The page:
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Government of Canada Data Conference 2023: Data in context in the Skills and Employment Branch (DDN3-V10)


Senior Assistant Deputy Minister Andrew Brown speaks about the importance of data use at Employment and Social Development Canada.

Duration: 00:04:12
Published: February 15, 2023

Event: GC Data Conference 2023: About the conference

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Government of Canada Data Conference 2023: Data in context in the Skills and Employment Branch



Transcript: Government of Canada Data Conference 2023: Data in context in the Skills and Employment Branch

Hello and welcome to our second annual Data Week!  I am joining you today from the traditional unceded territory of the Algonquin Anishnabeg people. I wish to extend my congratulations and thanks to the Chief Data Officer Ima Okonny for this year's events and for providing me with the opportunity to say a few words about the importance of data and the role it plays in helping us deliver better services and outcomes for all Canadians. 

Data is the driving force of the world's most modern economies. It fuels innovation in an increasingly digital and inter-connected world; It guides personal and business decisions on how to tailor products, skillsets and services to the demands of the market;  Data creates jobs, opens up new markets and drives demand for a highly skilled workforce; and, It's central to the delivery of vital public services and societal goals.

This year, ESDC's Data Week has the theme of "Data in Context". There are a number of initiatives in the Skills and Employment Branch that exemplify how we have prioritized the use of data in context, to ensure it's fit-for-purpose, client-centered, accessible, trusted and protected. Allow me to elaborate on some of these frameworks, systems and partnerships.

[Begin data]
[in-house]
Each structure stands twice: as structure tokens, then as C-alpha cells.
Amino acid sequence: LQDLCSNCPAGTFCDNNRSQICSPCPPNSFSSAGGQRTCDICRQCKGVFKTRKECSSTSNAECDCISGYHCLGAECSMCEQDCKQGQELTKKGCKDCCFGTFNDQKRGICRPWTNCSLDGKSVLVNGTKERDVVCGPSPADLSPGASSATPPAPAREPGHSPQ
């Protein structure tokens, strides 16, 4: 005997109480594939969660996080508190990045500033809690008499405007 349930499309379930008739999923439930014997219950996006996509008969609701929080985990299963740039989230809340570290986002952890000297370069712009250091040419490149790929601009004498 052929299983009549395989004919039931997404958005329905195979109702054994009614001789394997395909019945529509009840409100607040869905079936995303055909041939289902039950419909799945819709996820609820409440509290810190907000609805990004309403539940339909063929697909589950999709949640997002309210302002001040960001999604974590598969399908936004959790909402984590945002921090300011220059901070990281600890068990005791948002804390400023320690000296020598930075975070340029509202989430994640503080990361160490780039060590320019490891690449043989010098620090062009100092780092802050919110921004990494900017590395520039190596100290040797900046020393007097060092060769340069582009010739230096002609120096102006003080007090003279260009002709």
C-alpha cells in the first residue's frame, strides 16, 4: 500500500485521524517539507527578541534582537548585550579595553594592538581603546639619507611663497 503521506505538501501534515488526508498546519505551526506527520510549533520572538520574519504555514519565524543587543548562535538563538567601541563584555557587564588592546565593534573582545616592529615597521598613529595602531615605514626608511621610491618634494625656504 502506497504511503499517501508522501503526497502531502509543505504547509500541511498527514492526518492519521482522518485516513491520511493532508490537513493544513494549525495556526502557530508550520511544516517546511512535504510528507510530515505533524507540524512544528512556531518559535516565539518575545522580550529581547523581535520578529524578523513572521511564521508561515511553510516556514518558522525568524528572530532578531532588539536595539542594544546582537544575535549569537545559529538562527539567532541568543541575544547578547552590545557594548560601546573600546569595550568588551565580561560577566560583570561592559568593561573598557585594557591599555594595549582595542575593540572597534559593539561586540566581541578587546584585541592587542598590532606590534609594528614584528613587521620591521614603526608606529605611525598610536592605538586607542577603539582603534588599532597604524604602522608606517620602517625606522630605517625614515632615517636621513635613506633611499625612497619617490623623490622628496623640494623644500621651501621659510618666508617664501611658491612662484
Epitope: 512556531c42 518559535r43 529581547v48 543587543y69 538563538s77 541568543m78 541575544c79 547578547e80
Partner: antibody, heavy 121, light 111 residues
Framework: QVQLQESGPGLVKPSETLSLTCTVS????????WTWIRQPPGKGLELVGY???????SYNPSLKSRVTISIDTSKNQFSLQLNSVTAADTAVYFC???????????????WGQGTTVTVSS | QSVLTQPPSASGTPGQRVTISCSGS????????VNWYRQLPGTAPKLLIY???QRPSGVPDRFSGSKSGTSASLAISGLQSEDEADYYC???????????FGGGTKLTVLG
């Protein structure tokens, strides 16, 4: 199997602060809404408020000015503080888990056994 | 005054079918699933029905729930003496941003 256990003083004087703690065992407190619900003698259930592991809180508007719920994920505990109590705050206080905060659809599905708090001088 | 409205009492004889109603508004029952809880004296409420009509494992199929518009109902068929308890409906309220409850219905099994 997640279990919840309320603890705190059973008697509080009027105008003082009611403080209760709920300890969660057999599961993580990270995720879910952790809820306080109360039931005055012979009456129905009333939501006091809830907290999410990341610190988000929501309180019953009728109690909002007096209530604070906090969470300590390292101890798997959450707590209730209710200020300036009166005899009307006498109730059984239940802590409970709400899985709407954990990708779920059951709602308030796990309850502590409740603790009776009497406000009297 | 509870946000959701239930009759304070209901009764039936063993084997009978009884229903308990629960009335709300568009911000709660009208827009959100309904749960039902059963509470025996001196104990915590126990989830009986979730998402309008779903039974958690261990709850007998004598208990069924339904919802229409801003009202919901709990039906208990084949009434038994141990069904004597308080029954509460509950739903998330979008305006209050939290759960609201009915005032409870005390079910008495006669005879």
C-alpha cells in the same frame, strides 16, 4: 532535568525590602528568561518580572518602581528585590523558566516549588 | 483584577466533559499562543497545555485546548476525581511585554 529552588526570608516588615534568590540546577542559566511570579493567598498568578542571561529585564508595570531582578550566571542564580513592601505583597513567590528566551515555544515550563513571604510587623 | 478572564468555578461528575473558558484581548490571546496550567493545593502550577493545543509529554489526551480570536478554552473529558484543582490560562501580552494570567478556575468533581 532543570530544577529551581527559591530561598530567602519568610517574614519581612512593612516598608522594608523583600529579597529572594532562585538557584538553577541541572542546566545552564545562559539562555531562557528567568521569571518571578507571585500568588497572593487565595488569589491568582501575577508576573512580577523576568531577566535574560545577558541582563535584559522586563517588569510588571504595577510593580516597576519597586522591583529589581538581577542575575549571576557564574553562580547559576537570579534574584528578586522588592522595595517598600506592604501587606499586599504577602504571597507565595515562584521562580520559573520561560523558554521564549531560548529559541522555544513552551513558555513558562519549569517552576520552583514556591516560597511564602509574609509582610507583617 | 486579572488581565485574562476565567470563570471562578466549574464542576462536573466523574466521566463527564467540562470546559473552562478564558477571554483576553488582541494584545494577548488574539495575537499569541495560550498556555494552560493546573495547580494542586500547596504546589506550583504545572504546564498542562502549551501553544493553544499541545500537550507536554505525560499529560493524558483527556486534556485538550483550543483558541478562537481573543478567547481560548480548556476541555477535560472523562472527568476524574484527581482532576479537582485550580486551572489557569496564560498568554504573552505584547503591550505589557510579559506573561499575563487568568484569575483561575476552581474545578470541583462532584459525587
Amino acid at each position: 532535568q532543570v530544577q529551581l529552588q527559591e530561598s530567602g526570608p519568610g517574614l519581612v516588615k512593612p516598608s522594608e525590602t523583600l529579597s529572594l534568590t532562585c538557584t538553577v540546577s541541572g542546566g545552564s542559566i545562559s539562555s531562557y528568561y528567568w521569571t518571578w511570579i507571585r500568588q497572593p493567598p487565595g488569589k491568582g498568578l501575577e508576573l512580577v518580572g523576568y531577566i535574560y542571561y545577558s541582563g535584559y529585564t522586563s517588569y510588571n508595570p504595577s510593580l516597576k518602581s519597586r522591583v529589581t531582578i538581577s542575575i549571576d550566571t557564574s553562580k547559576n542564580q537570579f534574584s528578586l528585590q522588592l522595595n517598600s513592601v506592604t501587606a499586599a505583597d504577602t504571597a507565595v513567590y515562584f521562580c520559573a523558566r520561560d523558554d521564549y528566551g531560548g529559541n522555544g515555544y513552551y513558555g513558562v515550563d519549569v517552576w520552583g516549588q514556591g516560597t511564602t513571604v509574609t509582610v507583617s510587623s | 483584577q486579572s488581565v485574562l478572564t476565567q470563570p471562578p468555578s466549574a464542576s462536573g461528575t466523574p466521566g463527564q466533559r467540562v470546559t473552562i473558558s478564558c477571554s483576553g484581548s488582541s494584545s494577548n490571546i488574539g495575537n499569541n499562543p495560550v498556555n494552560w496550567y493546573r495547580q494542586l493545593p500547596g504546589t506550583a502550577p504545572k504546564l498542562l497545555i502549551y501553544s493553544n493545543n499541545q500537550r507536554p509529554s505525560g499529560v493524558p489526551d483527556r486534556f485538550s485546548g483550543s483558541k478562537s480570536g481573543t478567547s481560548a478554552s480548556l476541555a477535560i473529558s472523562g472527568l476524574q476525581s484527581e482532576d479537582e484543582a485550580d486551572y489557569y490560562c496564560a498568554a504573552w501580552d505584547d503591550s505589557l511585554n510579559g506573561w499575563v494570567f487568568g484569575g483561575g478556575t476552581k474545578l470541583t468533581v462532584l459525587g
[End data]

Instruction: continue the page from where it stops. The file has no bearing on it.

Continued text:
As a starting point, we have invested in foundational skills and labour market information frameworks and surveys to help capture and report on the evolution of our labour markets. The Skills for Success Framework and the Skills and Competencies Taxonomy provide a common language for Canadians to identify the transferable skills found in almost every job. The structural revisions to the National Occupational Classification (or NOC2021) outlines the training, education, and experience requirements of Canadian occupations, and underpin the collection of occupational statistics across government. In partnership with Statistics Canada, we have also commissioned the development of a new Survey of Employers on Workers' Skills that focuses on employer-defined skill gaps and strategies to address these gaps.

Secondly, we have invested in systems that facilitate data linking opportunities to help us generate new insights from various sources. Thirdly, in recognition that we cannot do this alone, we are investing in several key data-development and data-sharing partnerships that will strengthen the reach, quality and granularity of the data that we generate and disseminate to Canadians.  Sophisticated data collection approaches in place through partnerships with the provinces and territories as part of the labour market transfer agreements have helped us demonstrate the efficacy of our skills training investments over time, including: improved work attachment, earnings outcomes, and reduced dependence on government income support. The department also partners with organizations that are outside of government, to help curate and distribute data and information to Canadians.

In closing, I wanted to impress upon you the incredible opportunity we have before us to "do more with data." The Department has started harnessing innovative technologies such as artificial intelligence (AI), machine learning and natural language processing to mine newer sources of data, such as online job posting information. As we move through Data Week, I hope that you use this opportunity to connect with and learn about data initiatives across the Department and in so doing, build the service-oriented data culture that is needed to improve the outcomes for all Canadians. Thank you.

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